Piriformis syndrome, causes pain in the buttock which may radiate down the leg. It is due to the sciatic nerve being impinged by a tight piriformis muscle deep in the buttocks.
Causes of Piriformis Syndrome.
The causes of piriformis syndrome, are unknown. some causes include:
- Muscle spasm in the piriformis muscle, either because of irritation in the piriformis muscle itself, or irritation of a nearby structure such as the sacroiliac joint or hip
- A tight muscle, can be a response to injury or spasm
- Inflammation of the piriformis muscle, a response to injury or spasm
- Bleeding around of the piriformis muscle
Piriformis syndrome is a condition in which the piriformis muscle, its in both buttocks and causes spasms and buttock pain. The piriformis muscle can also irritate the Sciatic nerve, causing pain, numbness and tingling down the back of the legs and some times into the feet .
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- Pain in the buttock muscles.
- The pain can radiate down the back of the legs into the hamstring muscles and even into the calf muscles.
- It is common for pain to initially be confused with a hamstring strain or hamstring tendinopathy. However there will be no pain when touching around the hamstring area.
- Reduced range of motion of the hip joint, especially into internal hip rotation is often seen.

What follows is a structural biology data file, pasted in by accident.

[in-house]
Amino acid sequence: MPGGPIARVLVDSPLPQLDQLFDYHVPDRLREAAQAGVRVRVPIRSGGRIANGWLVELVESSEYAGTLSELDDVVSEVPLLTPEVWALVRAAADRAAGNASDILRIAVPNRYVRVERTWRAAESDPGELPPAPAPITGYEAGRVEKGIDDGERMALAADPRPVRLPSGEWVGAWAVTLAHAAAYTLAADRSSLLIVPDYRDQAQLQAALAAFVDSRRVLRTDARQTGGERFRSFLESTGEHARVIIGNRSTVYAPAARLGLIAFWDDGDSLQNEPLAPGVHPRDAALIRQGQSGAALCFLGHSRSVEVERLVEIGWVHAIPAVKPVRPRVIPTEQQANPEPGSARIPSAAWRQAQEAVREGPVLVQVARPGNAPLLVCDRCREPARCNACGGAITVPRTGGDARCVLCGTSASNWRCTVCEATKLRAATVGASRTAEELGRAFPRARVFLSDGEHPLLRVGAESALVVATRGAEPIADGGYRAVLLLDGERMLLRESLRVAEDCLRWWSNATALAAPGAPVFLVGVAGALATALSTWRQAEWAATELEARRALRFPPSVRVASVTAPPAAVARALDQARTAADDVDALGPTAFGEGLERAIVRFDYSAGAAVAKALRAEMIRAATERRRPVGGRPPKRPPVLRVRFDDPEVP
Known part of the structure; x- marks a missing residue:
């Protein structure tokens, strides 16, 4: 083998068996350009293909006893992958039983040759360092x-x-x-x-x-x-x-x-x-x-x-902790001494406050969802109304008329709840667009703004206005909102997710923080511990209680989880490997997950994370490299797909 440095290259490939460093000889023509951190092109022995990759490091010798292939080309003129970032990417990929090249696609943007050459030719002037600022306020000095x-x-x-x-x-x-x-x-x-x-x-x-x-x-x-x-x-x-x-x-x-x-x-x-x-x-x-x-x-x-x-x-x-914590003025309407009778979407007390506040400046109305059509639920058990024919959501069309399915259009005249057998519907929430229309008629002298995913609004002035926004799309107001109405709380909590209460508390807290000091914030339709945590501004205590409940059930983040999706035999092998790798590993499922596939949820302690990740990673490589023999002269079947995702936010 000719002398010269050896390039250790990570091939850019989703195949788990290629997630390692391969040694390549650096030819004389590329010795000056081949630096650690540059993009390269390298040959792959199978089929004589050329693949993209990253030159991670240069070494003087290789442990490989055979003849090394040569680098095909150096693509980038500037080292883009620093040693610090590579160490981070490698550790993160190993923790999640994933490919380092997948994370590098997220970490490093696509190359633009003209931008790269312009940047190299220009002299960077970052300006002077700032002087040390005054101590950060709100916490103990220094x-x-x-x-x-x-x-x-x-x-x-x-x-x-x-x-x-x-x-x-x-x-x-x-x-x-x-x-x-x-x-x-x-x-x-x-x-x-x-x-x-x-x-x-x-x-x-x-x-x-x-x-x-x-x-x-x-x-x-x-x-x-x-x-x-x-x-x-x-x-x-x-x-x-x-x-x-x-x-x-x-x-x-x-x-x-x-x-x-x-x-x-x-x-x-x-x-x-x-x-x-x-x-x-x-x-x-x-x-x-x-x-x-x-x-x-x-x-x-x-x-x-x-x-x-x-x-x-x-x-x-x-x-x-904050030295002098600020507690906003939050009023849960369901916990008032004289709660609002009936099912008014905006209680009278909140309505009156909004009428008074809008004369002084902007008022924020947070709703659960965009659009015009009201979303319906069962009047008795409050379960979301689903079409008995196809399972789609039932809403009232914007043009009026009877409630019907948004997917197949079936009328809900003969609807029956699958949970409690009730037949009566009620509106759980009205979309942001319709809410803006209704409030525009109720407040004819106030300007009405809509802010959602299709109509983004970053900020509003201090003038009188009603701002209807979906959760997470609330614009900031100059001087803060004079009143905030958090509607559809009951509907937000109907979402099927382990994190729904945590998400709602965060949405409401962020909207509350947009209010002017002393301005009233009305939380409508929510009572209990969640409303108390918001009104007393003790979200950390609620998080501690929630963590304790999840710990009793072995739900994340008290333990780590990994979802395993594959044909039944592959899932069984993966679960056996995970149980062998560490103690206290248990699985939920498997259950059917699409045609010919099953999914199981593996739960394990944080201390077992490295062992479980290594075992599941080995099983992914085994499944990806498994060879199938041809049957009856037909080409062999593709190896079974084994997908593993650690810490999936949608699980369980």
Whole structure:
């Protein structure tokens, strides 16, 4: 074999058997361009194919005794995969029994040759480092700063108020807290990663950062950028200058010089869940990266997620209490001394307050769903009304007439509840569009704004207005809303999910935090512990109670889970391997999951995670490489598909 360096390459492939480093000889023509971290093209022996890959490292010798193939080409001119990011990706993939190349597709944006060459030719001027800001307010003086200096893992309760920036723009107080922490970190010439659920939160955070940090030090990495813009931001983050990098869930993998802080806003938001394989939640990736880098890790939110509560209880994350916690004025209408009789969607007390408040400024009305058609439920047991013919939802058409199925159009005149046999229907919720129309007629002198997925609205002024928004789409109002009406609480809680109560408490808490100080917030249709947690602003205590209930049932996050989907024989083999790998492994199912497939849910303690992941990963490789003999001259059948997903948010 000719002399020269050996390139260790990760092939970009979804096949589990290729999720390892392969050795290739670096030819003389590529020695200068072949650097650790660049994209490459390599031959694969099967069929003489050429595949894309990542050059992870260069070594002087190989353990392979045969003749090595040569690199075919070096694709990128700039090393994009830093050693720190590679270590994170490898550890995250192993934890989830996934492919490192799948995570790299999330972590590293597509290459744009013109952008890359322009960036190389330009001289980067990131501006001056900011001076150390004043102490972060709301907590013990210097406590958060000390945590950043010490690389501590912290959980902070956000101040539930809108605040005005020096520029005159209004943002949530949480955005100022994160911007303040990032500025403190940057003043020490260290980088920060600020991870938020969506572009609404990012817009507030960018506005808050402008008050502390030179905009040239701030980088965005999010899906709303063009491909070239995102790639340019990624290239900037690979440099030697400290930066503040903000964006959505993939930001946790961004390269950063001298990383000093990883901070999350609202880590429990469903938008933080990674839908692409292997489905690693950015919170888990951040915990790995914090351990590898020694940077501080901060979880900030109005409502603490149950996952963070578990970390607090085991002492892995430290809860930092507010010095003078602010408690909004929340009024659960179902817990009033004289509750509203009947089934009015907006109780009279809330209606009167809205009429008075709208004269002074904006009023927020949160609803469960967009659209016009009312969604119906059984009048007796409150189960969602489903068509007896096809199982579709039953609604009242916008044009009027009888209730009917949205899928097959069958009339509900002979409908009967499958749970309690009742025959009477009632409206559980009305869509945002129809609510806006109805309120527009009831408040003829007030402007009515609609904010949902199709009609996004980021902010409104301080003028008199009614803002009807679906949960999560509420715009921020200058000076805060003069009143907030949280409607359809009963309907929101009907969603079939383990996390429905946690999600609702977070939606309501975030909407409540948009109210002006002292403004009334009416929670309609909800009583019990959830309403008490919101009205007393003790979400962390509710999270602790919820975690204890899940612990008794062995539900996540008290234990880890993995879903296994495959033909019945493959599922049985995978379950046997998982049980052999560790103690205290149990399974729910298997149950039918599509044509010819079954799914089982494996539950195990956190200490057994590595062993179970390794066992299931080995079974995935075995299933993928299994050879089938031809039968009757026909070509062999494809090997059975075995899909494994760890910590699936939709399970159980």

The piriformis muscle is one of the small muscles deep in the buttocks that rotates the leg outwards. It runs from the sacrum bone at the bottom of the spine and attaches to the thigh bone or femur roughly near the outside crease of the buttocks. The sciatic nerve runs very close to this muscle and in around 12 per cent of the population it passes straight through the muscles fibers. If the piriformis muscle becomes tight it can compress the sciatic nerve and cause pain which can radiate down the leg, commonly known as sciatic pain.
It has been suggested that this condition would be better referred to as piriformis impingement due to the impingement of the sciatic nerve. A common cause of piriformis syndrome is tight adductor muscles on the inside of the thigh. This means the abductors on the outside cannot work properly and so put more strain on the piriformis muscle.
Piriformis Syndrome Treatment
Treatment consists of two phases. First reducing pain by relaxing the muscle through low level laser therapy, Shockwave therapy, Chiropractic treatment, including Physiotherapy when pain allows strengthening exercises to help prevent the injury recurring whilst gradually returning to full training levels.